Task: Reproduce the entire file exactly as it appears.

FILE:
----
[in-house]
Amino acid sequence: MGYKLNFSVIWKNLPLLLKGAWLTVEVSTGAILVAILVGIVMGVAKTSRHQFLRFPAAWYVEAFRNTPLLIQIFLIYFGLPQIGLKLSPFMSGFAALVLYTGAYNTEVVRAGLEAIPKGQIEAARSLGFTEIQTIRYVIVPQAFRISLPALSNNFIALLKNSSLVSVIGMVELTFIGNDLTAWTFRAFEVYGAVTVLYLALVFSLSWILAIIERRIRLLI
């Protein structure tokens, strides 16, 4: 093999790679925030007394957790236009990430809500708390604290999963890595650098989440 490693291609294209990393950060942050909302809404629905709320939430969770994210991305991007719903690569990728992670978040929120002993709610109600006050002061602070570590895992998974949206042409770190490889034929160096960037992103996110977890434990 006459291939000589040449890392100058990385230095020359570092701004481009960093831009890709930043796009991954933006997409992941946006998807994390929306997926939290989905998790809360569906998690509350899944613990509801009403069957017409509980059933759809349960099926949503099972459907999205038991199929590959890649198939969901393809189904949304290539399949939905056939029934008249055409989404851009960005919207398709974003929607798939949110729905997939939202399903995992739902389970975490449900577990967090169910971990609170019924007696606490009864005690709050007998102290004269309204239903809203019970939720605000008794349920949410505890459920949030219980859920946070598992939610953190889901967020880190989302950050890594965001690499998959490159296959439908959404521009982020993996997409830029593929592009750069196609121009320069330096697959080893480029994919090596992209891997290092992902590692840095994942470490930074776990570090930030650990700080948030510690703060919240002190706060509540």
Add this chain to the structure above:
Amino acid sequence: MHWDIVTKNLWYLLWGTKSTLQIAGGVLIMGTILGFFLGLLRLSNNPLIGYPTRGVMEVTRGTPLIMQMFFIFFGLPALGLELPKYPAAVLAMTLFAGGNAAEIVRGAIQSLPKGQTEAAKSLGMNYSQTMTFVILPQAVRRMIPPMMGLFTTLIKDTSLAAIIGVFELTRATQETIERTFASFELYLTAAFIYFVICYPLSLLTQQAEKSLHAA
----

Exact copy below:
[in-house]
Amino acid sequence: MGYKLNFSVIWKNLPLLLKGAWLTVEVSTGAILVAILVGIVMGVAKTSRHQFLRFPAAWYVEAFRNTPLLIQIFLIYFGLPQIGLKLSPFMSGFAALVLYTGAYNTEVVRAGLEAIPKGQIEAARSLGFTEIQTIRYVIVPQAFRISLPALSNNFIALLKNSSLVSVIGMVELTFIGNDLTAWTFRAFEVYGAVTVLYLALVFSLSWILAIIERRIRLLI
């Protein structure tokens, strides 16, 4: 093999790679925030007394957790236009990430809500708390604290999963890595650098989440 490693291609294209990393950060942050909302809404629905709320939430969770994210991305991007719903690569990728992670978040929120002993709610109600006050002061602070570590895992998974949206042409770190490889034929160096960037992103996110977890434990 006459291939000589040449890392100058990385230095020359570092701004481009960093831009890709930043796009991954933006997409992941946006998807994390929306997926939290989905998790809360569906998690509350899944613990509801009403069957017409509980059933759809349960099926949503099972459907999205038991199929590959890649198939969901393809189904949304290539399949939905056939029934008249055409989404851009960005919207398709974003929607798939949110729905997939939202399903995992739902389970975490449900577990967090169910971990609170019924007696606490009864005690709050007998102290004269309204239903809203019970939720605000008794349920949410505890459920949030219980859920946070598992939610953190889901967020880190989302950050890594965001690499998959490159296959439908959404521009982020993996997409830029593929592009750069196609121009320069330096697959080893480029994919090596992209891997290092992902590692840095994942470490930074776990570090930030650990700080948030510690703060919240002190706060509540």
Add this chain to the structure above:
Amino acid sequence: MHWDIVTKNLWYLLWGTKSTLQIAGGVLIMGTILGFFLGLLRLSNNPLIGYPTRGVMEVTRGTPLIMQMFFIFFGLPALGLELPKYPAAVLAMTLFAGGNAAEIVRGAIQSLPKGQTEAAKSLGMNYSQTMTFVILPQAVRRMIPPMMGLFTTLIKDTSLAAIIGVFELTRATQETIERTFASFELYLTAAFIYFVICYPLSLLTQQAEKSLHAA